Never too late to learn
One of the most significant things I have learnt from school is that it is never too late to learn. It is so important to be aware and really look and record what is in the world around you. I do carry around a small sketchbook, small enough to keep in a purse or pocket and try to record or sketch something new every day.
Although I loved exploring all the different studios at OCADU, (woodworking, plastics, jewellery, metal,) my home was the fibre studio. It is its tactile nature that creates a visceral response, one feels the cloth and either recoils from its texture or wants to roll into it!
As well, I am an avid traveller and love taking photographs. I think that my social work background has bent my studies towards the direction of cross cultural explorations. I am endlessly fascinated by how others live, and what makes families work. As I worked to combine these interests I discovered this technique of integrating my portrait photography into cloth.
This body of work is a series of silk hangings that have been naturally dyed with tea. I have chosen specific photographic portraits from my global travels, removed the colour from the photos and printed them onto water soluble paper. Then I used free motion stitchery techniques to merge the images onto the silk. I would then dissolve some of the paper, while leaving some behind letting the ink stain the paper and the silk. I believe this is a contemporary way to use my skills as a free motion stitcher as well as my work in photography. Too, it is my belief that one way to create new interesting work is to combine techniques and mediums. This technique came to me after trying many different ways of conveying my concept.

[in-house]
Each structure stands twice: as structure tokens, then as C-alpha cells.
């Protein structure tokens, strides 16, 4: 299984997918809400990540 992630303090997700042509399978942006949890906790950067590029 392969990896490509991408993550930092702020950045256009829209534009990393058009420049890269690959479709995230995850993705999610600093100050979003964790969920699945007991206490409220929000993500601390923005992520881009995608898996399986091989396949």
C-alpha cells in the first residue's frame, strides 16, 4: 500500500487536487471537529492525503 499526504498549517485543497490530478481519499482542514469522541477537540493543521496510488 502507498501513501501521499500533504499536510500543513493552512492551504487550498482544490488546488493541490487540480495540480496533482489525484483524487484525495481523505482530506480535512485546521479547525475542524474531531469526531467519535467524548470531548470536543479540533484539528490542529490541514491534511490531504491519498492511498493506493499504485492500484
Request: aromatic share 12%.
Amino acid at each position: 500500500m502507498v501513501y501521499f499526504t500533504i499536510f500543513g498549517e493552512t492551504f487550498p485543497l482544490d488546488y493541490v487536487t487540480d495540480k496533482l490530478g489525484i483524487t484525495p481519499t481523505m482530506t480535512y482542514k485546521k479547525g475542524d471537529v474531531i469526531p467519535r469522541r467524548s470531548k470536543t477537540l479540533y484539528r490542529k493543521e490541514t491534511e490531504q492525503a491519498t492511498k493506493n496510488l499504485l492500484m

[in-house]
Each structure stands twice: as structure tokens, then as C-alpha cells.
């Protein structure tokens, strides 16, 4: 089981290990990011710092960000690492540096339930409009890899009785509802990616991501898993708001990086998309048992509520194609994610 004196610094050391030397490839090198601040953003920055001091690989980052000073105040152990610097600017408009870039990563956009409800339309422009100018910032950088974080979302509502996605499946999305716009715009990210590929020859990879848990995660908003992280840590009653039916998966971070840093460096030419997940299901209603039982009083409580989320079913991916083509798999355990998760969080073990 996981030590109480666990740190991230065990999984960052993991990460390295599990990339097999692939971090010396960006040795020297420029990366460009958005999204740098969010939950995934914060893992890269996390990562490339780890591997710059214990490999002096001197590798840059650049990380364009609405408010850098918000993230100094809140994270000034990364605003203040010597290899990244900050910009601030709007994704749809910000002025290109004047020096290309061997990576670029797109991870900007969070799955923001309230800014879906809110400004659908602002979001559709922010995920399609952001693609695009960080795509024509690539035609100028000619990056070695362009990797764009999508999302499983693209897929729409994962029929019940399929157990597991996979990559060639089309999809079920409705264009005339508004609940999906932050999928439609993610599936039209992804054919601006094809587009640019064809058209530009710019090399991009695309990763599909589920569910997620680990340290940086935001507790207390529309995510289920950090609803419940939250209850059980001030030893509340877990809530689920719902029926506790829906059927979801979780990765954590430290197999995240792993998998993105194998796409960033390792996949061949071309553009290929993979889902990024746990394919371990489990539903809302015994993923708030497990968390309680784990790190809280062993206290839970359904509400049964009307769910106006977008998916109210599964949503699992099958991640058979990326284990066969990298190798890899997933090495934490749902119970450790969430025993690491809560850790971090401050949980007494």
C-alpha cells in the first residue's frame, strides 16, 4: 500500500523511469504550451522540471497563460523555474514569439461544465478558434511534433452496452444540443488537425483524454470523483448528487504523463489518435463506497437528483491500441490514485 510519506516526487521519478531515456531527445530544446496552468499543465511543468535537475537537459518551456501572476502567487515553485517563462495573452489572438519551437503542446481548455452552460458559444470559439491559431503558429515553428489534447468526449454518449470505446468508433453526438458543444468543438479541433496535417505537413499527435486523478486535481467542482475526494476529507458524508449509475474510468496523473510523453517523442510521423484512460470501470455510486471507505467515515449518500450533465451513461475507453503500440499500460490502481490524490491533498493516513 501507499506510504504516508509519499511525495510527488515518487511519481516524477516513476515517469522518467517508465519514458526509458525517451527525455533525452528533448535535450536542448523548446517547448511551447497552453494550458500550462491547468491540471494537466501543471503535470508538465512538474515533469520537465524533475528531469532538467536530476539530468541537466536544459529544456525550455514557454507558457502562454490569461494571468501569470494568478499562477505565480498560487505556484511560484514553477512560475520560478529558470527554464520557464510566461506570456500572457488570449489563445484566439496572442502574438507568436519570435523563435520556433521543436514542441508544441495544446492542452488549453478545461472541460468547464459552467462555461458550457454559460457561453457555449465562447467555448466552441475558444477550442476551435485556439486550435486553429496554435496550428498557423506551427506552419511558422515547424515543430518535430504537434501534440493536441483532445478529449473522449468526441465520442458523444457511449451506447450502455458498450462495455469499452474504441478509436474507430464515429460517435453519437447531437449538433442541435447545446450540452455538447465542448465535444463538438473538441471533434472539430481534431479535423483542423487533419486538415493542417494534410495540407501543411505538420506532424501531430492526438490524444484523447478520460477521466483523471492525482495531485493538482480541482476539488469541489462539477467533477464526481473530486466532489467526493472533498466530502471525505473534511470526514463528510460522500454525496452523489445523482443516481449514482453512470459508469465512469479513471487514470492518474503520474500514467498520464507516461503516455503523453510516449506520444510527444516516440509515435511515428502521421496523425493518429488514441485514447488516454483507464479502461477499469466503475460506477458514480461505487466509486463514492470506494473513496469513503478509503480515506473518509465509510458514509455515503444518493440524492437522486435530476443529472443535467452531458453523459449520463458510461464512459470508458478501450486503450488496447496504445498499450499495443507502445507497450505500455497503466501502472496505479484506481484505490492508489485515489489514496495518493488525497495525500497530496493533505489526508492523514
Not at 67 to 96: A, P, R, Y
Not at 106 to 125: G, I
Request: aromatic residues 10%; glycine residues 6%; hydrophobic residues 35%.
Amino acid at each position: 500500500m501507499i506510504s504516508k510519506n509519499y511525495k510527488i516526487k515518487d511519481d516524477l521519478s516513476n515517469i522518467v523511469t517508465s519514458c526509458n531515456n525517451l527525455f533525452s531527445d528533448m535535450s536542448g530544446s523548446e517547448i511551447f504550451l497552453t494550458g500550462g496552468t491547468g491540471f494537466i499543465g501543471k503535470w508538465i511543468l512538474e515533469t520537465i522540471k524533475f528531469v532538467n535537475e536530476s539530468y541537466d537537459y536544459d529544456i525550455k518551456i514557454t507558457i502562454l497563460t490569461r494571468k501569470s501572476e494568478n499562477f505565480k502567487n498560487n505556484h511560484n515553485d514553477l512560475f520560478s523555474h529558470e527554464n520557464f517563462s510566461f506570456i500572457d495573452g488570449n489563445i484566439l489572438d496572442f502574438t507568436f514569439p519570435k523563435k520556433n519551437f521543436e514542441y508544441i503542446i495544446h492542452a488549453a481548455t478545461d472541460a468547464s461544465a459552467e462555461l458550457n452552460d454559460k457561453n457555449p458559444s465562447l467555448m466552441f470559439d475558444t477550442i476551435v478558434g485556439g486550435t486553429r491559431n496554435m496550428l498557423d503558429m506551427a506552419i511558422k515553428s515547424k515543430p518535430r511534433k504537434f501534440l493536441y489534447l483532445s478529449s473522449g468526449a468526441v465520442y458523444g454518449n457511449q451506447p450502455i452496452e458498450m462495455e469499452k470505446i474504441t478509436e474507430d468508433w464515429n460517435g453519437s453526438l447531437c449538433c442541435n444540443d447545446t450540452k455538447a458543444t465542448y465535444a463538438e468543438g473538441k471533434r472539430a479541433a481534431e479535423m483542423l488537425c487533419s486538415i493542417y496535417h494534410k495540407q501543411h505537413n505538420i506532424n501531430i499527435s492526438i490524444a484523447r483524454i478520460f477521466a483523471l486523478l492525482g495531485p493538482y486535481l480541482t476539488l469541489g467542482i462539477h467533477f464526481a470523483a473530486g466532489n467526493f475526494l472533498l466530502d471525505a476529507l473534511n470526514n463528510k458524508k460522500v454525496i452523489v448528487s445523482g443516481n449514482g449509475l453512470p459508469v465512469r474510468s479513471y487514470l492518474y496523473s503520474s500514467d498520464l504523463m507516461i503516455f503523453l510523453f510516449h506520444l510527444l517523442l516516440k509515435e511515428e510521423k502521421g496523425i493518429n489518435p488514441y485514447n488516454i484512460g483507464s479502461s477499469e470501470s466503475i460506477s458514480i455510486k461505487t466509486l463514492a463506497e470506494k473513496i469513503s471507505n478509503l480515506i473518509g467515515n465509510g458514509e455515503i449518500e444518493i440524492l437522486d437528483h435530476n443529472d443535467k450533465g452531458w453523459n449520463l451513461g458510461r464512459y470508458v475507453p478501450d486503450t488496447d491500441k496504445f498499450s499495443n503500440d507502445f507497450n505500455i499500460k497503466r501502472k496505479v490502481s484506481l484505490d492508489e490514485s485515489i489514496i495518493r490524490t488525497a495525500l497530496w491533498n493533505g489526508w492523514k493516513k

An emotional connection
It is very important to me to begin with a concept of what I would like to say, and then work through trials of techniques to find the one that conveys it best. In this case, my hope was to create an environment that would encourage the viewer to get caught up in ‘the other’. To help the viewer learn a bit into our shared world by creating curiosity and an emotional connection. I was preoccupied with an African saying I discovered from the Ubuntu people; “I am because you are. Our humanity binds us”.